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Issue #683 – Publication Week: August 23-29, 2020

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Q: When printing a document from Word to my Brother B&W laser printer it prints anything that is in color as shades of grey, as it should. When printing the same document to an HP OfficeJet color printer from the same computer it will not print color. The Brother is connected through USB, the HP is on a wireless connection. When printing the document from a different machine to the HP, it will print in color. Print settings on both machines indicate a color print and all other parameters are identical. Why does the document not print in color when connecting to the HP printer over the wireless network?

 – Fred W.
Shalimar, Florida

A:  The first thing that I thought upon reading your question, Fred, is that your issue bears a striking resemblance to a question I answered in another column once upon a time.  So, I delved into my past issues, and sure enough, I found a question from reader David S. a couple years back (Geek Note: I.G.T.M. #560, April 15, 2018).  I encourage you to start by visiting my website, and reading that issue in the column archives.

Mr. David S. was having problems with Outlook, where you state you’re having problems printing from Word (and possibly other applications).  As I said in my reply to David, “There are at least two, possibly three places that I can think of where color can be turned on and off.”  So, your statement that “Print settings on both machines indicate a color print” is a bit suspect to me. Color print must be configured in all locations, or you’re very likely to see what you’re seeing: grayscale printouts.  Unless you can tell me that you’re aware of all the places that color can be disabled, and have verified that it is enabled in all the locations, print settings are still going to be my number one suspect cause, followed immediately by driver issues.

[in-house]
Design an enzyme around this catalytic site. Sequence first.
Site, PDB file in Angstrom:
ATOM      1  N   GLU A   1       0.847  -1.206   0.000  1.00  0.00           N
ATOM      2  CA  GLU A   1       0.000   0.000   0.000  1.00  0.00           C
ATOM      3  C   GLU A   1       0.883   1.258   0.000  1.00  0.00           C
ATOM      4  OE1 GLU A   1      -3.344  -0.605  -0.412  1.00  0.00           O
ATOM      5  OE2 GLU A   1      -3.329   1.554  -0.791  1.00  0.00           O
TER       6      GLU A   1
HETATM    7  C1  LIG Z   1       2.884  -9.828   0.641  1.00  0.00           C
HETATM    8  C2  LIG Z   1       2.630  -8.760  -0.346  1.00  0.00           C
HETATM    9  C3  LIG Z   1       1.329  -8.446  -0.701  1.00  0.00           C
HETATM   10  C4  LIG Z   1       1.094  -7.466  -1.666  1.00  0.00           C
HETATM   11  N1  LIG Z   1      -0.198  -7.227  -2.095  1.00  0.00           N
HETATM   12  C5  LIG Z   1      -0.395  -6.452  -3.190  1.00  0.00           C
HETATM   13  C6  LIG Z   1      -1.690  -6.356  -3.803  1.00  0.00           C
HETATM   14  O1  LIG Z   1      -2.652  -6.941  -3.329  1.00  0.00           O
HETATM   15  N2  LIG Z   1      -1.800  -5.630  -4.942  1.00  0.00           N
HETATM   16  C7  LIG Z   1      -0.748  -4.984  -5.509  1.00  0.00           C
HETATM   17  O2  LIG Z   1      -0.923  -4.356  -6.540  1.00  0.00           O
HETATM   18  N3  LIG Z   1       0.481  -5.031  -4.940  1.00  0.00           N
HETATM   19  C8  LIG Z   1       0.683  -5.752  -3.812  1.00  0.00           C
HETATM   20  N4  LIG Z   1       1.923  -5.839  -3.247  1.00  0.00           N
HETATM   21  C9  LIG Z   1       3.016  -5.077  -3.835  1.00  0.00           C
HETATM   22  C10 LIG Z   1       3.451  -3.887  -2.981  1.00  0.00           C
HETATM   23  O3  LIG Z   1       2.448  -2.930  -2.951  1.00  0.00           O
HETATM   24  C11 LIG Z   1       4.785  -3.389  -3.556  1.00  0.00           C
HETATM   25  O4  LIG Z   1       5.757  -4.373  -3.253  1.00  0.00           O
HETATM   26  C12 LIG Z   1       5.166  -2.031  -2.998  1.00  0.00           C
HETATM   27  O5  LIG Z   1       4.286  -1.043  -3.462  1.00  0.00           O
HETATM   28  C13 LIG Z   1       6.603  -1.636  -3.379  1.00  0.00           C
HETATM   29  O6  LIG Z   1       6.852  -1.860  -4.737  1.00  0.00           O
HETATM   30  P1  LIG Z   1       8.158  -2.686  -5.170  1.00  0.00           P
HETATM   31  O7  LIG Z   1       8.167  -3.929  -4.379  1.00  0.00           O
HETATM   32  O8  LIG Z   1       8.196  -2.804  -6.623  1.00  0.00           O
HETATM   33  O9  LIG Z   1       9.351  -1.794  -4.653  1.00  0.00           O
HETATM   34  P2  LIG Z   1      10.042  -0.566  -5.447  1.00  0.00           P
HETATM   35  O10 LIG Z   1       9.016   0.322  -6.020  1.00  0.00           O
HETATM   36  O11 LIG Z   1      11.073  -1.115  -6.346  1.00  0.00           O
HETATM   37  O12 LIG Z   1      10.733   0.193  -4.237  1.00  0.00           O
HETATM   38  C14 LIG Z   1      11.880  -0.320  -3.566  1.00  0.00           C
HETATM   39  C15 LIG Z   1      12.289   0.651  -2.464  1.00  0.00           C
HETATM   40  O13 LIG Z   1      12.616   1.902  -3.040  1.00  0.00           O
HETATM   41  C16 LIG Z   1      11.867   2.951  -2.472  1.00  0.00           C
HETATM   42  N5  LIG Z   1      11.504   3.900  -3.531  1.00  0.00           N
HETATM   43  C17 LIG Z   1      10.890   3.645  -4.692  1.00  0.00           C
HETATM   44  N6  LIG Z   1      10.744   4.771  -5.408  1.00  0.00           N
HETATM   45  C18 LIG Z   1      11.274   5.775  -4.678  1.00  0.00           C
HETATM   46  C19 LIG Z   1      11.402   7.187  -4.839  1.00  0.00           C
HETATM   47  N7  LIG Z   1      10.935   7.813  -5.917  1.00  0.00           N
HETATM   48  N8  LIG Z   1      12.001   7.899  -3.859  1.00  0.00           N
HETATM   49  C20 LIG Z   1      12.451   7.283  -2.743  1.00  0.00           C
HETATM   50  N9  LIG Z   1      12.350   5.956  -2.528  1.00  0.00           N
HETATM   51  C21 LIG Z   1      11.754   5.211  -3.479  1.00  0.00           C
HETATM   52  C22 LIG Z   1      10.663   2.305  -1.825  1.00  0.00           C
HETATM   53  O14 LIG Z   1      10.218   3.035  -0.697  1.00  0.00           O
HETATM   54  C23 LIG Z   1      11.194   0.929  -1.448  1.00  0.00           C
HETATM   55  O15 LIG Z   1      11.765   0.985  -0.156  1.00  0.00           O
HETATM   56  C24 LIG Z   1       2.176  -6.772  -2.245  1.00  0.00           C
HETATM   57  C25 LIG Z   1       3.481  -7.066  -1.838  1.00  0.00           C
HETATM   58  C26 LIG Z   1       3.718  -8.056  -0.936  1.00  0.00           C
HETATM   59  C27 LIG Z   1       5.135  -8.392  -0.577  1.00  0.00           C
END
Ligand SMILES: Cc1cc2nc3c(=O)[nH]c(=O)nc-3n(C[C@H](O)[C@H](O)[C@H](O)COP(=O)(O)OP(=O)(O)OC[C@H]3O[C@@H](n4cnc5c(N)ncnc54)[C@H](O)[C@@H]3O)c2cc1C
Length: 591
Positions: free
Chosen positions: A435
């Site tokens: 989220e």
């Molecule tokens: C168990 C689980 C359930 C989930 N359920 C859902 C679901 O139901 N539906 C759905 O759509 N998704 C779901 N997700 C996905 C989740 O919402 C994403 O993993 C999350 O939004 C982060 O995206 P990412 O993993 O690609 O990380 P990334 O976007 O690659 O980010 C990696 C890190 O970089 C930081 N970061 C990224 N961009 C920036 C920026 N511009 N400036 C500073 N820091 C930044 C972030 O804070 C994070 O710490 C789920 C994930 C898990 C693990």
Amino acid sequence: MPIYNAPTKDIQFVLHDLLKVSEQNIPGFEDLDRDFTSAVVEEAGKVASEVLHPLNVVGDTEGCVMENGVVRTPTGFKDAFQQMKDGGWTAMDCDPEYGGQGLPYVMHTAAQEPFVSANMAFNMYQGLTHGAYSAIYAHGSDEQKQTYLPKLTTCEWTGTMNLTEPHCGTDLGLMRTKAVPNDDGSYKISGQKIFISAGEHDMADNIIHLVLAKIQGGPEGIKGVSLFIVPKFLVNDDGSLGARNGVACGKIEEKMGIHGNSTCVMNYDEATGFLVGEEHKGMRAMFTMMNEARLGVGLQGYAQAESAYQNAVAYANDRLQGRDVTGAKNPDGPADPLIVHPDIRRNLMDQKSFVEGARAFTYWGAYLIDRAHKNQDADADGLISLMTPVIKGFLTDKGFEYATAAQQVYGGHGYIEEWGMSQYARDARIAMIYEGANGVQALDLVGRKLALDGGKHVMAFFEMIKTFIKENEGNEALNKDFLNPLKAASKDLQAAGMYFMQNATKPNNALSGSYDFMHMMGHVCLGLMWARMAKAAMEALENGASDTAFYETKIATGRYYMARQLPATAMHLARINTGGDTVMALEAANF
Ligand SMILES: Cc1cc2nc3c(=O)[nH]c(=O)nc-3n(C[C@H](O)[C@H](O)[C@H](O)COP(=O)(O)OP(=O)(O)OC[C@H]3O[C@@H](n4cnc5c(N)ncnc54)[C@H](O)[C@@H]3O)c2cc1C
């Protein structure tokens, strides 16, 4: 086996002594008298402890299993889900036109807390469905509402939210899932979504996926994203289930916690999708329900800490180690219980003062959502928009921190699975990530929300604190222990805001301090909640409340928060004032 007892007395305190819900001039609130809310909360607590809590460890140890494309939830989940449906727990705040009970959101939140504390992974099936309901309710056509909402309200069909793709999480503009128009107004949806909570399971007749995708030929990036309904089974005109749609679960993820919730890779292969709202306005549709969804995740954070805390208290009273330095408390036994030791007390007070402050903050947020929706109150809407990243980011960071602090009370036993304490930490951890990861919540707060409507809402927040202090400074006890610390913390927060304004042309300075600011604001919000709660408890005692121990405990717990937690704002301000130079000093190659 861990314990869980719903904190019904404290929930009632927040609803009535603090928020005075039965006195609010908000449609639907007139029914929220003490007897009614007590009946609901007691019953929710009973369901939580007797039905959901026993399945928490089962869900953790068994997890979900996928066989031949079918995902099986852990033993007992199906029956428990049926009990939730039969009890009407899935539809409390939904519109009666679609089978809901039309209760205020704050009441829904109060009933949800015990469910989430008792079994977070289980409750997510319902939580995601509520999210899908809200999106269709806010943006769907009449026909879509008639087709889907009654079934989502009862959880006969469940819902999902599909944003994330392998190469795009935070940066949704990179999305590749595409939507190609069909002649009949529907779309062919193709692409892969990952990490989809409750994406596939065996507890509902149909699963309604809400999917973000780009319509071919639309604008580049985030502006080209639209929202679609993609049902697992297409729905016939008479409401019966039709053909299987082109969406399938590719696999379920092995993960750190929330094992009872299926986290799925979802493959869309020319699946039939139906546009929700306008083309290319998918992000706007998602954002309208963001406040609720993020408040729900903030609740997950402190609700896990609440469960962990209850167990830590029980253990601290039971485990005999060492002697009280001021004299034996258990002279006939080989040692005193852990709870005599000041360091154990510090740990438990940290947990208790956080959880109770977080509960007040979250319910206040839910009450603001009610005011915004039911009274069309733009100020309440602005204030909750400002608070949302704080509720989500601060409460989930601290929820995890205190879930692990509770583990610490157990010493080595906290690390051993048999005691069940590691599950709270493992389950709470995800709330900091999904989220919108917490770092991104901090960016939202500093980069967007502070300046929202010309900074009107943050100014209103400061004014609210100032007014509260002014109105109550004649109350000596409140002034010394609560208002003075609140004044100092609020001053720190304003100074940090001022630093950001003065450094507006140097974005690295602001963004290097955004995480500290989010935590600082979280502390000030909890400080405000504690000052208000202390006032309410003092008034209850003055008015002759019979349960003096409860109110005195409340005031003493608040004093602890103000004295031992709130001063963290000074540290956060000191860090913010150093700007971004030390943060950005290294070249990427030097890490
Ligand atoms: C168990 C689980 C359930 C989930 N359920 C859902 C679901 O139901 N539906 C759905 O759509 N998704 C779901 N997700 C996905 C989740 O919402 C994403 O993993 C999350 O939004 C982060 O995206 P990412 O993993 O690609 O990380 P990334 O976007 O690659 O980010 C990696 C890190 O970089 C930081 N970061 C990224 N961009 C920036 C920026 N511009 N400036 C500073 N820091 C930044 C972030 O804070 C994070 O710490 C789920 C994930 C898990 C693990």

You didn’t mention whether the networked printers used to be able to print in color and stopped functioning, or whether they have never been able to print in color.  If the former, settings might have been changed by a Windows Update.  If the latter, it should be a simple matter to check and update to the latest and greatest drivers for your printer.

If you’ve eliminated the above, then by all means, check the following places where color can be enabled or disabled in printouts: First, look at the instance of the device located in the “Printers & scanners” snap-in in the Control Panel.  From here, you can set what I can best describe as the “Master Configuration” for the device on this PC.  You can also print a test page that will show up in color if the driver and settings are properly configured for color.  Second, when you initiate a print job, there is a “Printer Properties” box that allows you to control the settings of the print, and all of the features of the printer.  Make no mistake – although it might bear a remarkable resemblance to the dialog under “Printers & scanners” it is a separate function, and it is possible for color to be enabled in one place and disabled in the other.  There should be some sort of visual indication in the dialog of whether the driver intends to print in color.  I don’t know exactly what the driver for your particular HP model presents to you, but one I have at home will show a page preview, and it will be very obvious that parts are in color.  One I use at work has a small checkerboard that appears with squares in either black, white, and gray, or typical cyan, magenta, yellow, black. I strongly urge you to be sure that what you want, and what the print driver thinks you want, are in agreement before you submit the print job.  If they are, and you still get grayscale, it’s time to check the printer itself to be sure it is capable of color printing, that color hasn’t been somehow disabled, and that it has an adequate supply of ink available in all possible colors.  If even one of the color ink tanks is empty, the printer won’t be able to print in color, and will revert to grayscale.  Best of luck in your troubleshooting! 

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